Former Roanoke adviser Jeffrey refused release, faces jail and restitution | Crime News

Former Roanoke City Councilman Robert Jeffrey Jr. faces a 22- to 57-month prison term when convicted later this summer of financial crimes that forced him out of office in March.

The length of time he could spend behind bars and an estimate of the extent of his repayment obligation were revealed at Monday’s bail hearing in which he was denied provisional release.

Assistant Commonwealth Solicitor Sheri Mason filed a document she said detailed unauthorized transactions totaling around $200,000 – half of cash withdrawals – and which authorities would seek a court order for Jeffrey to repay the money.

The preliminary figure is the first public account of the money he stole from the Northwest Neighborhood Environmental Organization, a Roanoke nonprofit where Jeffrey worked as a property manager. He pleaded guilty to embezzlement in March.

The newly filed list of transactions outlines unauthorized payments for utility, hotel and restaurant bills; building services; online services; and purchases at home improvement stores in 2020 and 2021. The cash out list contains 55 entries, the largest for $10,010 on July 10, 2020.

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Asked in court what Jeffrey did with the money, Mason said it was “hard to say”.

Jeffrey was jailed three months ago after a jury found him guilty of obtaining money under false pretences from the Roanoke Economic Development Authority. Later in the double victim case, he admitted to defrauding the NNEO. He is expected to be sentenced on August 22.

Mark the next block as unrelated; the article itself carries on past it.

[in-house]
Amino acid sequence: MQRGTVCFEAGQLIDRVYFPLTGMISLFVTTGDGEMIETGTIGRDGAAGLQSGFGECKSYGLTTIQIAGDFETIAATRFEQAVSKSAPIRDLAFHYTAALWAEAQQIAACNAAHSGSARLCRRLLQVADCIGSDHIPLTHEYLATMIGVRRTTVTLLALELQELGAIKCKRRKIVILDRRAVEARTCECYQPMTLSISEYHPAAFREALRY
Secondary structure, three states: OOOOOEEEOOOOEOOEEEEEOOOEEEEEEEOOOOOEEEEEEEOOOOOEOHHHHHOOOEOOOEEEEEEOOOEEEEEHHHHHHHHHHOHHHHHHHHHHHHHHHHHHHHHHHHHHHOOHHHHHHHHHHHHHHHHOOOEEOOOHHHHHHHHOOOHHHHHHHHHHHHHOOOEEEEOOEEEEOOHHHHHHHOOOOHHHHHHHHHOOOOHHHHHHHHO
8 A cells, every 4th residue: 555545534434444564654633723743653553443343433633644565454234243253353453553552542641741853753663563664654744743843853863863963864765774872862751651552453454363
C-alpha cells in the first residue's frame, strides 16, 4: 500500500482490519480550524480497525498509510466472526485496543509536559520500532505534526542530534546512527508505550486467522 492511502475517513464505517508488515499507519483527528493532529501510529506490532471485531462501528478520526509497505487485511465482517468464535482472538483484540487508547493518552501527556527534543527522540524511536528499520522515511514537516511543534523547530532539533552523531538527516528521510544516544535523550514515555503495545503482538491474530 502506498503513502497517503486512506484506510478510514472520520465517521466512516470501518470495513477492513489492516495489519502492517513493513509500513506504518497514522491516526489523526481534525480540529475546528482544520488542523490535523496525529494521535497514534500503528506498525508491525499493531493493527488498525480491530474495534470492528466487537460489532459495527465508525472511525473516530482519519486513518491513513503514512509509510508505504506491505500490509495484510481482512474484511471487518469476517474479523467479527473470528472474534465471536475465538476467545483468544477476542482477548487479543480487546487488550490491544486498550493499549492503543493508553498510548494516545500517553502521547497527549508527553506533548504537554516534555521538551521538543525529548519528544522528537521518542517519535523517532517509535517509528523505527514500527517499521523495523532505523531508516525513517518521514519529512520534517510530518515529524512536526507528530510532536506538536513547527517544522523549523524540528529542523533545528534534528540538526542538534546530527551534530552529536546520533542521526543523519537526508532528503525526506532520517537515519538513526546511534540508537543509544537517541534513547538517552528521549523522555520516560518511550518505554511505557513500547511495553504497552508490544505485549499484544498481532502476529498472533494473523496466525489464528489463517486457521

Virginia law declared Jeffrey’s council seat forfeited following his guilty plea.

Jeffrey’s attorney requested Jeffrey’s medical release and testified that 53-year-old Jeffrey suffered from advanced kidney disease and needed a transplant. Jeffrey had arranged to live with his wife and stepmother in Roanoke.

Evangeline Jeffrey, Jeffrey’s mother, testified that her son was “scheduled” for a transplant at Atrium Health Wake Forest Baptist in Winston-Salem, North Carolina, but missed his scheduled pre-op appointment in late March because he had just entered prison and now the procedure is “on hold”.

Mason said prison officials have made arrangements for continued medical care, including three dialysis sessions a week. Prison officials contacted a hospital in Richmond about the possibility of a transplant, she said.

Circuit Court Judge David Carson, in denying Jeffrey’s request for temporary release, noted that Jeffrey had been convicted of three felonies. Carson told Jeffrey that the court had dates available for his sentencing before August 22, including June 24, a previously scheduled sentencing date that was canceled due to his attorney’s illness.

Attorney Melvin Hill, who represented Jeffrey at Monday’s hearing, took over from Jeffrey’s former defense attorney, Jonathan Kurtin. Hill said in court that he was new to the case, needed time to prepare, and was working to be ready on August 22.

Carson has leeway in sentencing Jeffrey and will consult, but is not bound by, the sentencing advisory guidelines which have not yet been made public. Mason said his office made calculations based in part on the amount of money taken and predicted the directive would recommend a sentence between one year and 10 months and four years and nine months.

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